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EDITORIAL

Do Patients Want to Participate in Decisions About Their Own Medical Care?
John D. Lantos

Do patients want to be autonomous? Current legal and bioethical paradigms suggest that they not only want to be, but that they ought to be. It is sometimes difficult to sort out whether autonomy is perceived as a right or as a duty. Patients themselves seem to give a more nuanced answer about their own preferences. For example, Strull and colleagues (1984) surveyed 50 clinicians and 210 patients t...

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Target Article

Placebo Effects and Informed Consent
Mark Alfano

The concepts of placebos and placebo effects refer to extremely diverse phenomena. I recommend dissolving the concepts of placebos and placebo effects into loosely related groups of specific mechanisms, including (potentially among others) expectation-fulfillment, classical conditioning, and attentional-somatic feedback loops. If this approach is on the right track, it has three main implications ...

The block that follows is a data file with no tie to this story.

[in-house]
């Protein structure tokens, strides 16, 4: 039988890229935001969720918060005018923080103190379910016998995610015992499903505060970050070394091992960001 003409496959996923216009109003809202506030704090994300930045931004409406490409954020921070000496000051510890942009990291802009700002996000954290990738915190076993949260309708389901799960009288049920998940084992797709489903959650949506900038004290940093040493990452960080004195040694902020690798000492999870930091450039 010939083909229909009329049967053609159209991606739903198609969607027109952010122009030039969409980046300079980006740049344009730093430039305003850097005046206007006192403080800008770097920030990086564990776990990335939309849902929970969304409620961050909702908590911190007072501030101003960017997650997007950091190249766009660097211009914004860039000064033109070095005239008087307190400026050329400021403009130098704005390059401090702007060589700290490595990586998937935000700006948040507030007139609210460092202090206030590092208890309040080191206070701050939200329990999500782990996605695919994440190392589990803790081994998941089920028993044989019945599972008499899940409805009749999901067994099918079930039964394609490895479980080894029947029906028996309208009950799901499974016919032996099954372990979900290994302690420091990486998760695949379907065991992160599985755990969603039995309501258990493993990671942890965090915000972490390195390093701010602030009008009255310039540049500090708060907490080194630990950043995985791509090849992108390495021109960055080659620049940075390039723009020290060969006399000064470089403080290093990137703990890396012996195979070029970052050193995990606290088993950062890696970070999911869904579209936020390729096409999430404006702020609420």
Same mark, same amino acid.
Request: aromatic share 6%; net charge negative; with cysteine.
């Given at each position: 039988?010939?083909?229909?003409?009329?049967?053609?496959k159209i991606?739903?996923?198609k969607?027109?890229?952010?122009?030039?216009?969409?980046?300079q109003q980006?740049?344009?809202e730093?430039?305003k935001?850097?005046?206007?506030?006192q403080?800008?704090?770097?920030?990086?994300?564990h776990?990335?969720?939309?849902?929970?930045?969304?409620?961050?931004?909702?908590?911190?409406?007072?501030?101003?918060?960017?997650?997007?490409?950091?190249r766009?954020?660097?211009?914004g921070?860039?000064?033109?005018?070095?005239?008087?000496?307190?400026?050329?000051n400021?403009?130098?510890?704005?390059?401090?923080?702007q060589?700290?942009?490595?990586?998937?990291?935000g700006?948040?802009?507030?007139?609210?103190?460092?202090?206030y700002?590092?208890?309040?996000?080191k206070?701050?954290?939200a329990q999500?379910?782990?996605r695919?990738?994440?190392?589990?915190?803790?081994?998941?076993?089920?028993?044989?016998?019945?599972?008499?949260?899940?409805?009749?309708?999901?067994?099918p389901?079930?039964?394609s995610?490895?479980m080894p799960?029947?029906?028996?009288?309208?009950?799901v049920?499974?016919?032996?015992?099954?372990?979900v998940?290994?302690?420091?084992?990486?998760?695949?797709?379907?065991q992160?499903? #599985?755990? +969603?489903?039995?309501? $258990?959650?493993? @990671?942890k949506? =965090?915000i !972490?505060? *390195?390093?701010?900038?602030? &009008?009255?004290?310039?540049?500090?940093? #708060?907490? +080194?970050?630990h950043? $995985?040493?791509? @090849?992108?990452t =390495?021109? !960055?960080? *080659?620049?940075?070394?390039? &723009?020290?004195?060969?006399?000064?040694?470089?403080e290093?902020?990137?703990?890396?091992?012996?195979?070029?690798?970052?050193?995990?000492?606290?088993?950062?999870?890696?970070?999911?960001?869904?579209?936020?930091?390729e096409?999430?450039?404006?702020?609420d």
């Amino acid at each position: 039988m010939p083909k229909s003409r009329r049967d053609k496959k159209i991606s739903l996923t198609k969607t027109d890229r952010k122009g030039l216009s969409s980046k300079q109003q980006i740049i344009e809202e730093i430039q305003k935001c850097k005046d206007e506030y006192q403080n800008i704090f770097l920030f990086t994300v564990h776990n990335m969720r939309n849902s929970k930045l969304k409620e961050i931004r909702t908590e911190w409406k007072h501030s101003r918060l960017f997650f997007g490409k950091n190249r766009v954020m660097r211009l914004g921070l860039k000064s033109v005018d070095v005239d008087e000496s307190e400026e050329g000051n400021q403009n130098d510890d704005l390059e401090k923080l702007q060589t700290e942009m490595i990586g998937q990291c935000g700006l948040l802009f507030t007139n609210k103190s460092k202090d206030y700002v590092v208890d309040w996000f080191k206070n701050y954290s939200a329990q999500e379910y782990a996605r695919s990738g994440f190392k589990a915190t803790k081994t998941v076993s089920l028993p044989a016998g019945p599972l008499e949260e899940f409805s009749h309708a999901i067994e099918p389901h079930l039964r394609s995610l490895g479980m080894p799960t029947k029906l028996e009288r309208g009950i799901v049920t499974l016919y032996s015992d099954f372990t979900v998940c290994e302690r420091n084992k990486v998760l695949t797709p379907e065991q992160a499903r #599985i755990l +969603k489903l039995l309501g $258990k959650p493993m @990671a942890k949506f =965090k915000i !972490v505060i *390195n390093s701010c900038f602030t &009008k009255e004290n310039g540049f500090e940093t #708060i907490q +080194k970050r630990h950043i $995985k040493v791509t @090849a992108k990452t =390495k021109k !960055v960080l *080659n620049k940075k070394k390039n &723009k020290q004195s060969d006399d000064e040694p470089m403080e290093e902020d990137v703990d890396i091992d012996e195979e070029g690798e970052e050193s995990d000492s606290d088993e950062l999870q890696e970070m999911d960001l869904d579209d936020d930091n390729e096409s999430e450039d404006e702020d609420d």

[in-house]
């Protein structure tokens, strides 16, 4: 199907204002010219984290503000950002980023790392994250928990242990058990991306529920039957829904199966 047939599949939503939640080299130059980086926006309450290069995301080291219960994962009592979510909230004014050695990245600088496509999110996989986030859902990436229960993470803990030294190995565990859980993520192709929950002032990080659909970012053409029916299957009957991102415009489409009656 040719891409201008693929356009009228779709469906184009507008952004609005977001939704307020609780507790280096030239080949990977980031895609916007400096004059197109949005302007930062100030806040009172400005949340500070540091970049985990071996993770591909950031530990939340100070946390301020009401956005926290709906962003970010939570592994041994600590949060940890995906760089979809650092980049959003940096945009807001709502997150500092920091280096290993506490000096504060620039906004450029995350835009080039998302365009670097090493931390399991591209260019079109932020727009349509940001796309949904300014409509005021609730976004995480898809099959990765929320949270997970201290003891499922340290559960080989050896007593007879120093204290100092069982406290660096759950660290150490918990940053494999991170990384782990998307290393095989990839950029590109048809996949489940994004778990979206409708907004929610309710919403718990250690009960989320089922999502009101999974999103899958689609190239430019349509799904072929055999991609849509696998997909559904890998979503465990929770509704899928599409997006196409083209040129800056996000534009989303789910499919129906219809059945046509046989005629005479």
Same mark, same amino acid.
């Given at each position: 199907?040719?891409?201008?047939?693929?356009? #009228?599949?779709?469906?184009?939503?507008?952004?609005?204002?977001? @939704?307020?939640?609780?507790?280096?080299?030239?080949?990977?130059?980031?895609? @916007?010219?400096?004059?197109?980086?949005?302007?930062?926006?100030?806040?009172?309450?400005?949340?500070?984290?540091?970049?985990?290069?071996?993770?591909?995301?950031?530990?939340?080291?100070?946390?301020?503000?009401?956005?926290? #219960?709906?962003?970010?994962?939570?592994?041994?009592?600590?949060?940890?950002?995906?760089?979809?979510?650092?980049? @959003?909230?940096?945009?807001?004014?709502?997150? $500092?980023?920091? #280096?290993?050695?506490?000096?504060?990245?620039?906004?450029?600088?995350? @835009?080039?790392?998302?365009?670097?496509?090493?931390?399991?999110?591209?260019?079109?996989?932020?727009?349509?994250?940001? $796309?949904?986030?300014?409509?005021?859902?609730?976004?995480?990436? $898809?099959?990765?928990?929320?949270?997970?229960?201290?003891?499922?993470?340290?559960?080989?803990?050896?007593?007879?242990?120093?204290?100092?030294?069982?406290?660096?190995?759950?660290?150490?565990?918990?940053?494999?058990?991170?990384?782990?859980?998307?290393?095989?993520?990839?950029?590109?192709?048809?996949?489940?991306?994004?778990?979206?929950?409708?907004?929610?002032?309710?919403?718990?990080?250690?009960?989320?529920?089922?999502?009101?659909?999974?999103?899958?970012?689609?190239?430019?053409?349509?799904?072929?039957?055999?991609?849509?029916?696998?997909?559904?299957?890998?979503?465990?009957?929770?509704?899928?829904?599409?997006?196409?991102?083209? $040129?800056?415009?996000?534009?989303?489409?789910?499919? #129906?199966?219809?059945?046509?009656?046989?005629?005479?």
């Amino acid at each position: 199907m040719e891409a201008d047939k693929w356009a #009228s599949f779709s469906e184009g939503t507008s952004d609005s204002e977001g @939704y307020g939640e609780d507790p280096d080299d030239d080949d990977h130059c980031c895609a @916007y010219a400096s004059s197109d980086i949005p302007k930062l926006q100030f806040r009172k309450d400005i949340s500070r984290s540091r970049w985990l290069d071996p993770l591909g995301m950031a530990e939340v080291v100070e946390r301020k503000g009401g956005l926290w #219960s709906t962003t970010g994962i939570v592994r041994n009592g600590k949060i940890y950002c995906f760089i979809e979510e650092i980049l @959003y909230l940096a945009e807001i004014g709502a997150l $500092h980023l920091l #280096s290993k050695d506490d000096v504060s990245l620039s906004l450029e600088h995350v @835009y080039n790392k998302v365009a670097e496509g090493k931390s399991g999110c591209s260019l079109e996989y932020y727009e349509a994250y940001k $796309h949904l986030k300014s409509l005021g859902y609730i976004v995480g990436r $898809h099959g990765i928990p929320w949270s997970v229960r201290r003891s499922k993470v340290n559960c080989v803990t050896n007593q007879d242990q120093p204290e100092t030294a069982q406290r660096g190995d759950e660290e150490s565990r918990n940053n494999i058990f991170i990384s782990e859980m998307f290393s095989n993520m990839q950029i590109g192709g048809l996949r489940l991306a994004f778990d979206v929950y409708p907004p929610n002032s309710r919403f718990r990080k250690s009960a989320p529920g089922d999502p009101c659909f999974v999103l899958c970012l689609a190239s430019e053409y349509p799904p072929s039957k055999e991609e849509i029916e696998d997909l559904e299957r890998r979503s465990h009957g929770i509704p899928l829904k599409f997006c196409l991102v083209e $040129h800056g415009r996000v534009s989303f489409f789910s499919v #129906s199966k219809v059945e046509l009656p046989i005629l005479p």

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Doctors, Patients, and Nudging in the Clinical Context—Four Views on Nudging and Informed Consent
Thomas Ploug & Søren Holm

In an analysis of recent work on nudging we distinguish three positions on the relationship between nudging founded in libertarian paternalism and the protection of personal autonomy through informed consent. We argue that all three positions fail to provide adequate protection of personal autonomy in the clinical context. Acknowledging that nudging may be beneficial, we suggest a fourth position ...

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